Network snooping and packet sniffing are common terms for eavesdropping. The information gathered by eavesdropping can be used to pose other attacks to the network.
Two common uses of eavesdropping are as follows:
Information gathering-Network intruders can identify usernames, passwords, or information carried in a packet.
Information theft-The theft can occur as data is transmitted over the internal or external network. The network intruder can also steal data from networked computers by gaining unauthorized access. Examples include breaking into or eavesdropping on financial institutions and obtaining credit card numbers.
An example of data susceptible to eavesdropping is SNMP version 1 community strings, which are sent in clear text. SNMP is a management protocol that provides a means for network devices to collect information about their status and to send it to an administrator. An intruder could eavesdrop on SNMP queries and gather valuable data on network equipment configuration. Another example is the capture of usernames and passwords as they cross a network.
A common method for eavesdropping on communications is to capture TCP/IP or other protocol packets and decode the contents using a protocol analyzer or similar utility. An example of such a program is Wireshark, which you have been using extensively throughout the Exploration courses. After packets are captured, they can be examined for vulnerable information.
Three of the most effective methods for counteracting eavesdropping are as follows:
Using switched networks instead of hubs so that traffic is not broadcast to all endpoints or network hosts.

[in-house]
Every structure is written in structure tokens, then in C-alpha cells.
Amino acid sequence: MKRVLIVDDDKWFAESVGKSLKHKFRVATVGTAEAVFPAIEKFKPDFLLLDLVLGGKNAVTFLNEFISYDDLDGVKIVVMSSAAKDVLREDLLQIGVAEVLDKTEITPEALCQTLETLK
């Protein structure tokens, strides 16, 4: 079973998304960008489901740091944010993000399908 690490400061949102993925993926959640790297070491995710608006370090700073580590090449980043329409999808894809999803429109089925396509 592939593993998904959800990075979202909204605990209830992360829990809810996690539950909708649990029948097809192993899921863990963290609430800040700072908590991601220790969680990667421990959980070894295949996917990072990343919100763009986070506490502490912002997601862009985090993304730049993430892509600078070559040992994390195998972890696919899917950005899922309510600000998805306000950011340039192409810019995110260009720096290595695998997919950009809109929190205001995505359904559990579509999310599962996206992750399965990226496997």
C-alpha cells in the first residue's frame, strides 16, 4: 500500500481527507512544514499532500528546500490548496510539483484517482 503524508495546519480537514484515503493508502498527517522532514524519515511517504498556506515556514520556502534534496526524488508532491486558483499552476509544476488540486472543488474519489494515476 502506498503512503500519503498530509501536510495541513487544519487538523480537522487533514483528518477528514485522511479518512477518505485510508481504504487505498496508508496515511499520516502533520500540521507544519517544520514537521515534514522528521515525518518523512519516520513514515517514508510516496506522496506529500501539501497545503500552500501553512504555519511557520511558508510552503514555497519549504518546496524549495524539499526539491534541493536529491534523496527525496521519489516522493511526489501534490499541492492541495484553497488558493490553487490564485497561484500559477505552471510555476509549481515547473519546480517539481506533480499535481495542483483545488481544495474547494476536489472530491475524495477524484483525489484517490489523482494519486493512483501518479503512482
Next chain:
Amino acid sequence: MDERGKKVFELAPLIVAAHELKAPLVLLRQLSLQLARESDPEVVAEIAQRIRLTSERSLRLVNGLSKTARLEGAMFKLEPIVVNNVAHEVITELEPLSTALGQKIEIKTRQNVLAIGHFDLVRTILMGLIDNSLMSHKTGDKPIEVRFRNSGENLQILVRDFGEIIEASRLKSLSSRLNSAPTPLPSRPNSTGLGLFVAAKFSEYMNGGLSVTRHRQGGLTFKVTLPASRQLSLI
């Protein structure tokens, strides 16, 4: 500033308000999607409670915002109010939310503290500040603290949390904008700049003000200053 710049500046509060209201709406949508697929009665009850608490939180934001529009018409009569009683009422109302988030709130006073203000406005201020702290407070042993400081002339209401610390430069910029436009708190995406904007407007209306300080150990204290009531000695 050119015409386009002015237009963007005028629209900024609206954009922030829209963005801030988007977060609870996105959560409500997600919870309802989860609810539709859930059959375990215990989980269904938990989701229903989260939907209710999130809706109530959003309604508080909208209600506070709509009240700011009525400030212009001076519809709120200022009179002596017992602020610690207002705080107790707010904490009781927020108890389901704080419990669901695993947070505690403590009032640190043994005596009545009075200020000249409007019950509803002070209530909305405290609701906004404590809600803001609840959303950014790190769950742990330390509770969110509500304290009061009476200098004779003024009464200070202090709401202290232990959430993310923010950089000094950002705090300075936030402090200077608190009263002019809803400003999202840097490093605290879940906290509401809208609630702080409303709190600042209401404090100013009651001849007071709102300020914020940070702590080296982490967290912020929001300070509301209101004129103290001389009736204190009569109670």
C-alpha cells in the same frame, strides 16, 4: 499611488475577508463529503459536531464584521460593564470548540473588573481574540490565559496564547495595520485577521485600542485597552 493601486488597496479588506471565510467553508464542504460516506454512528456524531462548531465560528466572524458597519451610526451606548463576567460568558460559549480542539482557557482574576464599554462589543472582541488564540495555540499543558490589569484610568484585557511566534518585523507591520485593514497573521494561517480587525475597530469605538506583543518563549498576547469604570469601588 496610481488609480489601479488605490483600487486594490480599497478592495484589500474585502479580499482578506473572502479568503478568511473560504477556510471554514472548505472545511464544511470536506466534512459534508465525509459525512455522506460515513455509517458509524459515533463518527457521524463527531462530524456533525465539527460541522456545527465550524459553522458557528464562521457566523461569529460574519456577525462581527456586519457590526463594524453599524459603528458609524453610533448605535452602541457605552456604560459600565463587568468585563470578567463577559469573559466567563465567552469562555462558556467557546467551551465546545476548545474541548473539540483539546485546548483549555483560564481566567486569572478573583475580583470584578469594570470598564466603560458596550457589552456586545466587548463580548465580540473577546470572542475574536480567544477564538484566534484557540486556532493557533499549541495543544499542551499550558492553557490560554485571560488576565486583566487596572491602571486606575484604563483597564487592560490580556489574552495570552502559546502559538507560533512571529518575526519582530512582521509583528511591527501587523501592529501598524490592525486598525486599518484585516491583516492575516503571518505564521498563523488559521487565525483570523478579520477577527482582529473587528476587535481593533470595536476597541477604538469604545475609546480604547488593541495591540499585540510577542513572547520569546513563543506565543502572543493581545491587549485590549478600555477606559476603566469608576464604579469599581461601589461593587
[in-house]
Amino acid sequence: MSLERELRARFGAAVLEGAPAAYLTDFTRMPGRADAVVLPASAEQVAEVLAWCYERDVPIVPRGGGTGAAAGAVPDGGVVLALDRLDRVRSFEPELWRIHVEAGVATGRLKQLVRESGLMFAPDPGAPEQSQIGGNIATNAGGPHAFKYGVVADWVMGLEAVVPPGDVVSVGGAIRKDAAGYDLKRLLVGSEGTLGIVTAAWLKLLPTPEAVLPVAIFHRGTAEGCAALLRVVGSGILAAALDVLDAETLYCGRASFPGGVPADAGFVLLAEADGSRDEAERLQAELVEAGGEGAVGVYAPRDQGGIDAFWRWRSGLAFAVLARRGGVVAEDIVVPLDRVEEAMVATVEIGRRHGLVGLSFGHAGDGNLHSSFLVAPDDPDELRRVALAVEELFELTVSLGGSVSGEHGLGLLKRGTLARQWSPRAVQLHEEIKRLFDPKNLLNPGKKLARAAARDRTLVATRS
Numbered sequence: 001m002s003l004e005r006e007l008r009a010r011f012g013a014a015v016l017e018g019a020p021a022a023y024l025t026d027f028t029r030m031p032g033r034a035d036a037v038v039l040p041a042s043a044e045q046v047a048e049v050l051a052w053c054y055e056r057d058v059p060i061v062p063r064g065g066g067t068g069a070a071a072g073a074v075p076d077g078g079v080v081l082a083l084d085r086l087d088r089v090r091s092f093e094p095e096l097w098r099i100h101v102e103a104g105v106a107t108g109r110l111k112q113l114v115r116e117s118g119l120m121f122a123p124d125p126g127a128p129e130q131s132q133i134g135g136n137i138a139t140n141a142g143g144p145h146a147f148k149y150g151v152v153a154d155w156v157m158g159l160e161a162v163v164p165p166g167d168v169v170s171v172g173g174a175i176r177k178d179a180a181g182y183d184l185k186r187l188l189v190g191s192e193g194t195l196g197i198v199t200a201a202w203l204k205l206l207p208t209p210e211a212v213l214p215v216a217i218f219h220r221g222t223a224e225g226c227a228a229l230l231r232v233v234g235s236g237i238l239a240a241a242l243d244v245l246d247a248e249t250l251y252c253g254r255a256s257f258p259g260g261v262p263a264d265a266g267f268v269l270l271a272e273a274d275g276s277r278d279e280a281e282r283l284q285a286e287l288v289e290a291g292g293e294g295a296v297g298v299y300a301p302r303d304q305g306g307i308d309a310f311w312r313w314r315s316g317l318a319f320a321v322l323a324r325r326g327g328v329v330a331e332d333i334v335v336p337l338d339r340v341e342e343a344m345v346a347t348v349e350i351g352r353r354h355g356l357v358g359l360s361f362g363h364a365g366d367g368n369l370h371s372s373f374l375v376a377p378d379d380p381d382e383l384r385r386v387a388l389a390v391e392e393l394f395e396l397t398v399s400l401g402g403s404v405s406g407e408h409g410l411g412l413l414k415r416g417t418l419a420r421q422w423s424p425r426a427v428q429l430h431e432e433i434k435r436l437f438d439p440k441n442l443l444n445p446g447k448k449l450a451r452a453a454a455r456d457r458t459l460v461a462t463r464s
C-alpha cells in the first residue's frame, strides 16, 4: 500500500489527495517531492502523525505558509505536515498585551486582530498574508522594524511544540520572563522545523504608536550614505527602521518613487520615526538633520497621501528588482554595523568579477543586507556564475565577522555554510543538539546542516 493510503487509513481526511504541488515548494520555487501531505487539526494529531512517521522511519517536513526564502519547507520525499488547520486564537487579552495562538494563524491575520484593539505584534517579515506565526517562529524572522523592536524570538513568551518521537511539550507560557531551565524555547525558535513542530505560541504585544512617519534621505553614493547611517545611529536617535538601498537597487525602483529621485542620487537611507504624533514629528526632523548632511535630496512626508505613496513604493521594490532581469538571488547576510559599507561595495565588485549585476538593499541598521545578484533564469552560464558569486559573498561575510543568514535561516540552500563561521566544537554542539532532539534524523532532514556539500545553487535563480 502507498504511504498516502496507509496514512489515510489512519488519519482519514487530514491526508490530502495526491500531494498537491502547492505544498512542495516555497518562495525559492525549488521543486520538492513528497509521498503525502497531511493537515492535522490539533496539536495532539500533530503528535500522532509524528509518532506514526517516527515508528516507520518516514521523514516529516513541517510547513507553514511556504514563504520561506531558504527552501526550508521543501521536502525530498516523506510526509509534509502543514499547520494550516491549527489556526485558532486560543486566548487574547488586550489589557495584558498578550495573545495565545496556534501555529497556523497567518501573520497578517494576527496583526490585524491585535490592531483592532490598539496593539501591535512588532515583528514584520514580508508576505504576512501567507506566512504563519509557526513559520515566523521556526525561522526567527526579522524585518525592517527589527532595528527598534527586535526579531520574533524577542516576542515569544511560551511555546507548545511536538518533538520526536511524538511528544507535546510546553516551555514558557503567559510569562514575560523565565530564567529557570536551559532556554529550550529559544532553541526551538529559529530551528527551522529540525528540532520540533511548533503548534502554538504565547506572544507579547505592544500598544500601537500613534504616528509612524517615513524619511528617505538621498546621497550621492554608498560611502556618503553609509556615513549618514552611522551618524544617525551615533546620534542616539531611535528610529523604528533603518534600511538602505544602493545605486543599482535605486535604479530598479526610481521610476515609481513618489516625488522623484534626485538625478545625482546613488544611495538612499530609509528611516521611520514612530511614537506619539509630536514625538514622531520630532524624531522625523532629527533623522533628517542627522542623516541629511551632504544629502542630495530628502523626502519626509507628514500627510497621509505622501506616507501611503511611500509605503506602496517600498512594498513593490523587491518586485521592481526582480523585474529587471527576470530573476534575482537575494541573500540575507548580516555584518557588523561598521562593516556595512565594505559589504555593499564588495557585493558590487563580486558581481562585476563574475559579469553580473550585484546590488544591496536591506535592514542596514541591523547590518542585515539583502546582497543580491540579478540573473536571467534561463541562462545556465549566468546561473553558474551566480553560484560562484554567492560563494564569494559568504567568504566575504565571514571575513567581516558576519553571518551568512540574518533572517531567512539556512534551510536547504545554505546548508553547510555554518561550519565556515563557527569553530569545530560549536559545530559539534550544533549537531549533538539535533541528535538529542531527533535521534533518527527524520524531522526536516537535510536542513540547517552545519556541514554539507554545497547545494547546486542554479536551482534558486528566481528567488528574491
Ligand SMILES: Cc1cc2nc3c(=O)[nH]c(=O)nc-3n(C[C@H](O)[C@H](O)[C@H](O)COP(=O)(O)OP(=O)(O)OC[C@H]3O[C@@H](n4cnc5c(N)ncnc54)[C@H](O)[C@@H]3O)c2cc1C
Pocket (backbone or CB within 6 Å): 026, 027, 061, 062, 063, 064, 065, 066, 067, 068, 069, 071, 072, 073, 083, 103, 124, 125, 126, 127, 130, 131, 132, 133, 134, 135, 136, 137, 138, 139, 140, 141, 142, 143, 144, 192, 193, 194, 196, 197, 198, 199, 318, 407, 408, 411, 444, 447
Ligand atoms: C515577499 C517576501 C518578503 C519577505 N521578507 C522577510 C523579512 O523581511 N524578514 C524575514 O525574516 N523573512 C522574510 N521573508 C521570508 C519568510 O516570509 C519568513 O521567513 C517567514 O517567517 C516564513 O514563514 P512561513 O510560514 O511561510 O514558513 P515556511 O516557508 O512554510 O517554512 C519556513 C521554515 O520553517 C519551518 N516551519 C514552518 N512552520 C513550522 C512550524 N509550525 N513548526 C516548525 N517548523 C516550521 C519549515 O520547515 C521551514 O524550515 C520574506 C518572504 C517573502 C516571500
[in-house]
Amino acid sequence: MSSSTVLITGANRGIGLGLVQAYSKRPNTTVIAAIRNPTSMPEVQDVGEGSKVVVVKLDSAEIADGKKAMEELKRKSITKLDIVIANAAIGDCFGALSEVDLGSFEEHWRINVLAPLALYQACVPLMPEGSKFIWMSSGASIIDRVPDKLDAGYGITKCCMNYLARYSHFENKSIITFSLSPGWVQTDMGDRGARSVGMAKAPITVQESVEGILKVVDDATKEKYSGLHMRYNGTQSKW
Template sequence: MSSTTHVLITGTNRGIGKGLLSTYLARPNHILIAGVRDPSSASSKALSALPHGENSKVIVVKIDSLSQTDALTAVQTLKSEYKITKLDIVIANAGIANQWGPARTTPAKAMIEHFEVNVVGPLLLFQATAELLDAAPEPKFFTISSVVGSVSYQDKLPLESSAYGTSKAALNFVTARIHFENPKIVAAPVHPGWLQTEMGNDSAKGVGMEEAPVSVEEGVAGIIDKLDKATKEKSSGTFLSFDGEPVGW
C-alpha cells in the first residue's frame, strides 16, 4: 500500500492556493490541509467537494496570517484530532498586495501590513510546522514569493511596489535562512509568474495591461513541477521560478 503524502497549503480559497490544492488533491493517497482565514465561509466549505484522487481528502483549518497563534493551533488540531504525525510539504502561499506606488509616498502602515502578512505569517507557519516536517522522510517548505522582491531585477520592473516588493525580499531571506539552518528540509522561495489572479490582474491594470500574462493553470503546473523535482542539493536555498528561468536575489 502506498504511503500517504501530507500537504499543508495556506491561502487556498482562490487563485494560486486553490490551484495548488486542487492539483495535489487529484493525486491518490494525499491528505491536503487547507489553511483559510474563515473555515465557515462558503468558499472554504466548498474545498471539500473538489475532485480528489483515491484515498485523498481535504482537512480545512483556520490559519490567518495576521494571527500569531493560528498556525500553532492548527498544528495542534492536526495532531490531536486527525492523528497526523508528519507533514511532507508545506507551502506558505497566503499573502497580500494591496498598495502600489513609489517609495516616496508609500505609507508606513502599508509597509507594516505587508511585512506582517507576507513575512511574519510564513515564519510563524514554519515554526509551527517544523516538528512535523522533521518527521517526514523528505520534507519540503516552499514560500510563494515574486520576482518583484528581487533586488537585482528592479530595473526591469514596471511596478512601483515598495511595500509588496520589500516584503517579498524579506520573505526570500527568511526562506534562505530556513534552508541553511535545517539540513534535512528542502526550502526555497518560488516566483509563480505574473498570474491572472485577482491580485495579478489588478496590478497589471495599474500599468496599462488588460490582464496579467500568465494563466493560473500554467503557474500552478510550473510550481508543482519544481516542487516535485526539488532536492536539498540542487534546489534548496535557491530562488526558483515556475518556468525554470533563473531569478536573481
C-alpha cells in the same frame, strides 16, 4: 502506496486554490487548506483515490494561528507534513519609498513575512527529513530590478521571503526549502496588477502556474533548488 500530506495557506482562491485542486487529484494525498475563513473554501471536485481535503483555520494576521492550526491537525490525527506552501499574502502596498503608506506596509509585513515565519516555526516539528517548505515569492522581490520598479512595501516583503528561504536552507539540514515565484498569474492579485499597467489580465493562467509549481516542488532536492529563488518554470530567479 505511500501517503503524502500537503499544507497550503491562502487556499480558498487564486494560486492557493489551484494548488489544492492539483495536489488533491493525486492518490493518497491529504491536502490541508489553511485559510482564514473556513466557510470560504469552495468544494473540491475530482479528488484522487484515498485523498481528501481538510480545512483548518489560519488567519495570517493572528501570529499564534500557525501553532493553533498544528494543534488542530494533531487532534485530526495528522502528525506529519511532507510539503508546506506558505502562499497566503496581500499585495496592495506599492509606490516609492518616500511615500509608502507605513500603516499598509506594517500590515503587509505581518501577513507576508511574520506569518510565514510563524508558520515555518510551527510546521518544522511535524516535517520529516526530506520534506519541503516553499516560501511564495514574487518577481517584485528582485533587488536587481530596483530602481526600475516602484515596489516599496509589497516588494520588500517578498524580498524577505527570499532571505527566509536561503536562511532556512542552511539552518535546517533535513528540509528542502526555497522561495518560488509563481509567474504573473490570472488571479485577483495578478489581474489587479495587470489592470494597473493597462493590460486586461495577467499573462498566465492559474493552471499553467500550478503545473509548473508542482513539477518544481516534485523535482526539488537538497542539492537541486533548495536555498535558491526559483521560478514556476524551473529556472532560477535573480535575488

Using encryption that meets the data security needs of the organization without imposing an excessive burden on system resources or users.
Implementing and enforcing a policy directive that forbids the use of protocols with known susceptibilities to eavesdropping. For example, SNMP version 3 can encrypt community strings, so a company could forbid using SNMP version 1, but permit SNMP version 3.
Encryption provides protection for data susceptible to eavesdropping attacks, password crackers, or manipulation. Almost every company has transactions that could have negative consequences if viewed by an eavesdropper. Encryption ensures that when sensitive data passes over a medium susceptible to eavesdropping, it cannot be altered or observed. Decryption is necessary when the data reaches the destination host.
One method of encryption is called payload-only encryption. This method encrypts the payload section (data section) after a User Datagram Protocol (UDP) or TCP header. This enables Cisco IOS routers and switches to read the network layer information and forward the traffic as any other IP packet. Payload-only encryption allows flow switching and all access-list features to work with the encrypted traffic just as they would with plain text traffic, thereby preserving desired quality of service (QoS) for all data.